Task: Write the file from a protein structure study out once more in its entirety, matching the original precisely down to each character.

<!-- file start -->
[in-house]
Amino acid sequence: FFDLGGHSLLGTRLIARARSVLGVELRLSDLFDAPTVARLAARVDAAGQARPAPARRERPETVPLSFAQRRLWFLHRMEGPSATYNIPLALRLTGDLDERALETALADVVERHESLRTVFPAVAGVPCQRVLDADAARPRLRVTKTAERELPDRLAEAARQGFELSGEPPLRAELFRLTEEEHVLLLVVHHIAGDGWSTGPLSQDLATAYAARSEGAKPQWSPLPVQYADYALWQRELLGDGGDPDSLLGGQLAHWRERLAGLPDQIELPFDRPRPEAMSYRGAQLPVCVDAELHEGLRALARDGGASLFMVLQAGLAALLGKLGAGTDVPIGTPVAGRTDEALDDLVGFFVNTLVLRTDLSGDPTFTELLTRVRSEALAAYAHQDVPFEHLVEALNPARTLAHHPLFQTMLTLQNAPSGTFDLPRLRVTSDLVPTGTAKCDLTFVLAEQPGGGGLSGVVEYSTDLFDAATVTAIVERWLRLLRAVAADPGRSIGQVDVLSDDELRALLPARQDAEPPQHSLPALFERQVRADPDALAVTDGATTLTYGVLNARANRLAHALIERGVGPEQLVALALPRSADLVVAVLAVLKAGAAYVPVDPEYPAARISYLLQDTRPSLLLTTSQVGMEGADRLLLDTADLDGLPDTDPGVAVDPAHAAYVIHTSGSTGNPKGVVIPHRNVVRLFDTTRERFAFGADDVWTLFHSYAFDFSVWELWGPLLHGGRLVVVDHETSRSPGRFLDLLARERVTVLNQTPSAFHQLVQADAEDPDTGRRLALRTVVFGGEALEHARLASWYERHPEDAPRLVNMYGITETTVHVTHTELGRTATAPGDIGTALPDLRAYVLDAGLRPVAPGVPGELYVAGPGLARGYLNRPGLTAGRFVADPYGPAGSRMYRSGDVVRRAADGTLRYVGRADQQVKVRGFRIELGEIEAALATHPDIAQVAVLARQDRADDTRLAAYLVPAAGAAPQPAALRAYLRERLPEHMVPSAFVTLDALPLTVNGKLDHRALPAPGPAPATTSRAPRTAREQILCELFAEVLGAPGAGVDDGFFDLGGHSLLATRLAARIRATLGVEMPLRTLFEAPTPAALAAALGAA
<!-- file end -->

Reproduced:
[in-house]
Amino acid sequence: FFDLGGHSLLGTRLIARARSVLGVELRLSDLFDAPTVARLAARVDAAGQARPAPARRERPETVPLSFAQRRLWFLHRMEGPSATYNIPLALRLTGDLDERALETALADVVERHESLRTVFPAVAGVPCQRVLDADAARPRLRVTKTAERELPDRLAEAARQGFELSGEPPLRAELFRLTEEEHVLLLVVHHIAGDGWSTGPLSQDLATAYAARSEGAKPQWSPLPVQYADYALWQRELLGDGGDPDSLLGGQLAHWRERLAGLPDQIELPFDRPRPEAMSYRGAQLPVCVDAELHEGLRALARDGGASLFMVLQAGLAALLGKLGAGTDVPIGTPVAGRTDEALDDLVGFFVNTLVLRTDLSGDPTFTELLTRVRSEALAAYAHQDVPFEHLVEALNPARTLAHHPLFQTMLTLQNAPSGTFDLPRLRVTSDLVPTGTAKCDLTFVLAEQPGGGGLSGVVEYSTDLFDAATVTAIVERWLRLLRAVAADPGRSIGQVDVLSDDELRALLPARQDAEPPQHSLPALFERQVRADPDALAVTDGATTLTYGVLNARANRLAHALIERGVGPEQLVALALPRSADLVVAVLAVLKAGAAYVPVDPEYPAARISYLLQDTRPSLLLTTSQVGMEGADRLLLDTADLDGLPDTDPGVAVDPAHAAYVIHTSGSTGNPKGVVIPHRNVVRLFDTTRERFAFGADDVWTLFHSYAFDFSVWELWGPLLHGGRLVVVDHETSRSPGRFLDLLARERVTVLNQTPSAFHQLVQADAEDPDTGRRLALRTVVFGGEALEHARLASWYERHPEDAPRLVNMYGITETTVHVTHTELGRTATAPGDIGTALPDLRAYVLDAGLRPVAPGVPGELYVAGPGLARGYLNRPGLTAGRFVADPYGPAGSRMYRSGDVVRRAADGTLRYVGRADQQVKVRGFRIELGEIEAALATHPDIAQVAVLARQDRADDTRLAAYLVPAAGAAPQPAALRAYLRERLPEHMVPSAFVTLDALPLTVNGKLDHRALPAPGPAPATTSRAPRTAREQILCELFAEVLGAPGAGVDDGFFDLGGHSLLATRLAARIRATLGVEMPLRTLFEAPTPAALAAALGAA